Stomach bloating: When your bloating could be signalling something wrong with your heart

Stomach bloating can be passed off as something insignificant, but there are a few cases where it could be indicative of a serious underlying condition. Here are the signs it could be heart failure.

The NHS noted heart failure may have been known as congestive heart failure, but this name isn’t widely used today.

Mostly affecting older people, heart failure means the heart muscle is unable to pump blood around the body effectively.

Heart failure is a long-term condition that tends to gradually get worse over time.


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It occurs when then the heart has become weak or stiff, and symptoms can gradually develop over weeks or months, or they may start suddenly.

Aside from a bloated stomach, there are other tell-tale warning signs of the condition.

The top most three common symptoms of the disorder are breathlessness, fatigue and swollen ankles and legs.

Breathlessness can occur at any time, but can appear to be worse when lying down.

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Some people with heart failure may find themselves waking up during the night to catch their breath.

Fatigue is defined as feeling tired most of the day and finding exercise exhausting.

Swollen ankles and legs is caused by a build-up of fluid (called oedema), which may get worse during the day.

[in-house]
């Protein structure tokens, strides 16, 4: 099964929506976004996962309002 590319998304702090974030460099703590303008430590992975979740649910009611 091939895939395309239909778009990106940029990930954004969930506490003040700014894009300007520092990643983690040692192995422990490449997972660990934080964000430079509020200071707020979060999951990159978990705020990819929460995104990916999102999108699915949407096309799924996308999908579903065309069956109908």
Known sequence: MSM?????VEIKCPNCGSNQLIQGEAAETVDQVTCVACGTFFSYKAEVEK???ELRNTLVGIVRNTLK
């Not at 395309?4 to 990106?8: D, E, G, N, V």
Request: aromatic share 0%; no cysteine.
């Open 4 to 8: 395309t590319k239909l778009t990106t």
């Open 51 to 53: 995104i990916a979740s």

Other symptoms include: a persistent cough, which may be worse at night; wheezing; loss of appetite; weight gain or weight loss; and confusion.

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In addition, some people with heart failure may experience dizziness and fainting.

People with the condition can feel a fast heart rate, or a pounding or fluttering or irregular heartbeat.

There are different stages of heart failure, classified as one to four, depending on how severe the condition is.

A doctor’s diagnosis of heart failure will inform you of the stage you’re at, listed below:

  • Class one – you don’t have any symptoms during normal physical activity
  • Class two – you’re comfortable at rest, but normal physical activity triggers symptoms
  • Class three – you’re comfortable at rest, but minor physical activity triggers symptoms
  • Class four – you’re unable to carry out any physical activity without discomfort and may have symptoms even when resting


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The Mayo Clinic identifies coronary artery disease and high blood pressure as the culprits behind a weak and stiff heart.

When the heart becomes stiff, the main pumping chambers of the heart stiffen, meaning they don’t fill properly between heart beats.

Typically, heart failure begins with the left ventricle of the heart being affected.

There are various risk factors that contribute to a person’s likelihood of heart failure.

Such risk factors include – as listed above – high blood pressure and coronary heart disease.

Other risk factors include diabetes, sleep apnea, a previous heart attack, and excessive alcohol use and smoking tobacco.

The condition is also more likely to affect people who were born with congenital heart defects.

And certain medications, such as NSAIDs (nonsteroidal anti-inflammatory drugs ) can increase a person’s chances of heart failure.

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